PrintGreen implemented, though not without issue

We’ve all had a time when we have printed a bunch of papers. Maybe you were organizing a large party, or maybe you needed to print several papers for a class. Regardless, it’s a small amount considering the number of pages printed by students at the University of Puget Sound over a semester. Since the introduction of print tracking at the University in August of 2011, Technology Services has seen students average over 400 prints during one semester,  with occasional spikes of over 5,000 pages.

Excessive printing can be a waste of paper and electricity, but students still need to be able to print papers for their classes and to have access to a system able to copy information in these large amounts. Something needed to be done to monitor and help control the amount of printing done on campus.

The response was PrintGreen, a new service implemented in the fall of 2012 by the Library, Media and Information Systems committee (LMIS). A meter is displayed on the screen with the allotted 750 credits per student, per semester. Each page side printed takes off one credit from the account. For instance, a double-sided page would remove two credits. After all credits are exhausted, students will pay 10 cents per side printed.

Paying for printing has not been implemented before the PrintGreen program, but “PrintGreen is not designed to be, and is not, a profit-making enterprise. With a quota of 750 prints, the vast majority of students will never reach their limit, and thus will not be paying anything for their printing,” Cindy Riche, Director of Client Support & Educational Technology Services at Puget Sound, said.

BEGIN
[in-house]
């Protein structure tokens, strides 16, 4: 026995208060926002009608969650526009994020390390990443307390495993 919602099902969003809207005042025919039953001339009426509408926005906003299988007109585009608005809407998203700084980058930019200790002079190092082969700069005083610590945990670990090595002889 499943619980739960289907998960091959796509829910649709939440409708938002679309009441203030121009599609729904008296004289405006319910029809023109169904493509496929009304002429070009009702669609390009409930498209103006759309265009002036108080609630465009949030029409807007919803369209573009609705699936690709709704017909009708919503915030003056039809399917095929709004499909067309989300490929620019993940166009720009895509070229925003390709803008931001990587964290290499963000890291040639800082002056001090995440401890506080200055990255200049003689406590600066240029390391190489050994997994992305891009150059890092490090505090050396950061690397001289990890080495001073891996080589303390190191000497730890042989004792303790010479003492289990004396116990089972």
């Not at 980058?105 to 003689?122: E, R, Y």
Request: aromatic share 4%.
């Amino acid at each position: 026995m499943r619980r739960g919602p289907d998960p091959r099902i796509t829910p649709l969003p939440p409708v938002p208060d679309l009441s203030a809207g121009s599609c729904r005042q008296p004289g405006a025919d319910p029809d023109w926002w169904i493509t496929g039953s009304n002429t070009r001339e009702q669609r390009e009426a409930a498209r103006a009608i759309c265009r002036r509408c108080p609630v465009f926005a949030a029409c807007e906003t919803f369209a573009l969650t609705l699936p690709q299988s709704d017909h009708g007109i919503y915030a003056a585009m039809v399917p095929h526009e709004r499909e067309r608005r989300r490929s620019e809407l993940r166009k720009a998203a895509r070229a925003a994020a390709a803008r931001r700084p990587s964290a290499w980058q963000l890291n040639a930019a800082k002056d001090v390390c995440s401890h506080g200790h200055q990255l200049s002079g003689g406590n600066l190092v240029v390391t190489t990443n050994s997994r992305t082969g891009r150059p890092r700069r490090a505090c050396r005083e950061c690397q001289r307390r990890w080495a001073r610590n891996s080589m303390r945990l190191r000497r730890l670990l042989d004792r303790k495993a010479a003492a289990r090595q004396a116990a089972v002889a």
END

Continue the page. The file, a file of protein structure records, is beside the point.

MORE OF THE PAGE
“Faculty and many students have been supportive of the idea of encouraging responsible printing, with the goal of lessening our impact on the environment as part of our larger sustainability efforts at the University,” Riche said.

Some might argue that, if few students will reach the limit, the number of credits given to each student could be seen as superfluous. However, the meter displaying the remaining credits is not designed to create a barrier for students on the amount of pages they are able to print.

“I think it promotes a sense of awareness about our usage and consumption of resources and materials. You have to be aware of how much you’re using, how much you’re printing,” Megan Lundquist, a member of Technology Services, said. “I also think professors become more aware of how much they make you read.”

With every piece of technology, however, there are always technological issues, and PrintGreen has had its share of mishaps. One of the major issues, according to Riche, has been “the interaction with the software client used to give students a count of their remaining print credit on-screen as they are printing each job and the profile that each user has within the system.”

“I’ve printed a few pages, and it would not print but it would charge my account,” Anela Zekiri, a worker from Access Services, said. “It would do that to several students who would come up and complain about it.” Zekiri noted that this issue occurred “all the time.”

“The system is on hold temporarily while we address the technical issue,” Riche said. “Because we wanted to minimize the impact of these technical issues on students, we have “turned off” counting of student prints.  We have fixed the problem and are testing it now, with the goal to start counting prints again starting on Oct. 1, at which point we will re-set everyone’s quota back to the full amount.”

Resetting the credits on all accounts will not only help to refresh the system and its malfunctions, but will also be beneficial to the students who had their meters corrupted by the program’s previous issues.

Having tracked the issues and worked out the bugs, by the time PrintGreen is in full effect, it is hoped that it will be fully functional and able to help students reduce their consumption and encourage environmentally beneficial decisions.

Riche said, “PrintGreen is intended to encourage responsible printing, and to allow everyone to track their own printing to better inform their personal choices.”